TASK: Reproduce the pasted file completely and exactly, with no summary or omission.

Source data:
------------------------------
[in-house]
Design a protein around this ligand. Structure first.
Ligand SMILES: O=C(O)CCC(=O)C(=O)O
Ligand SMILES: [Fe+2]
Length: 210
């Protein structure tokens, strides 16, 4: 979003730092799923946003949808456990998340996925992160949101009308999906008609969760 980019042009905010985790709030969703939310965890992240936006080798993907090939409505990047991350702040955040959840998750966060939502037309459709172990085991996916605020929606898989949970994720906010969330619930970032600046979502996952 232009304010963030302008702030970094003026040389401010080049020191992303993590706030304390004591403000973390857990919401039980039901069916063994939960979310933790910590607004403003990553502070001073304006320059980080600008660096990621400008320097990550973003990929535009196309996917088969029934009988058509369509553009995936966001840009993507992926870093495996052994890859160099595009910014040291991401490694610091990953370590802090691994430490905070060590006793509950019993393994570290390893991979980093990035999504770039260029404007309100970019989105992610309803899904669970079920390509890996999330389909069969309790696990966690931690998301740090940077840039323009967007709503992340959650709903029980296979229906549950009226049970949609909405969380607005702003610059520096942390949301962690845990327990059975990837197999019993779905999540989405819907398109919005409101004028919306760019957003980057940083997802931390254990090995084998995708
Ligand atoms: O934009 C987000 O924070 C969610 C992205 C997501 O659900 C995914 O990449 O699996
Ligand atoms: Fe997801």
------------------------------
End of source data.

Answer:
[in-house]
Design a protein around this ligand. Structure first.
Ligand SMILES: O=C(O)CCC(=O)C(=O)O
Ligand SMILES: [Fe+2]
Length: 210
């Protein structure tokens, strides 16, 4: 979003730092799923946003949808456990998340996925992160949101009308999906008609969760 980019042009905010985790709030969703939310965890992240936006080798993907090939409505990047991350702040955040959840998750966060939502037309459709172990085991996916605020929606898989949970994720906010969330619930970032600046979502996952 232009304010963030302008702030970094003026040389401010080049020191992303993590706030304390004591403000973390857990919401039980039901069916063994939960979310933790910590607004403003990553502070001073304006320059980080600008660096990621400008320097990550973003990929535009196309996917088969029934009988058509369509553009995936966001840009993507992926870093495996052994890859160099595009910014040291991401490694610091990953370590802090691994430490905070060590006793509950019993393994570290390893991979980093990035999504770039260029404007309100970019989105992610309803899904669970079920390509890996999330389909069969309790696990966690931690998301740090940077840039323009967007709503992340959650709903029980296979229906549950009226049970949609909405969380607005702003610059520096942390949301962690845990327990059975990837197999019993779905999540989405819907398109919005409101004028919306760019957003980057940083997802931390254990090995084998995708
Ligand atoms: O934009 C987000 O924070 C969610 C992205 C997501 O659900 C995914 O990449 O699996
Ligand atoms: Fe997801």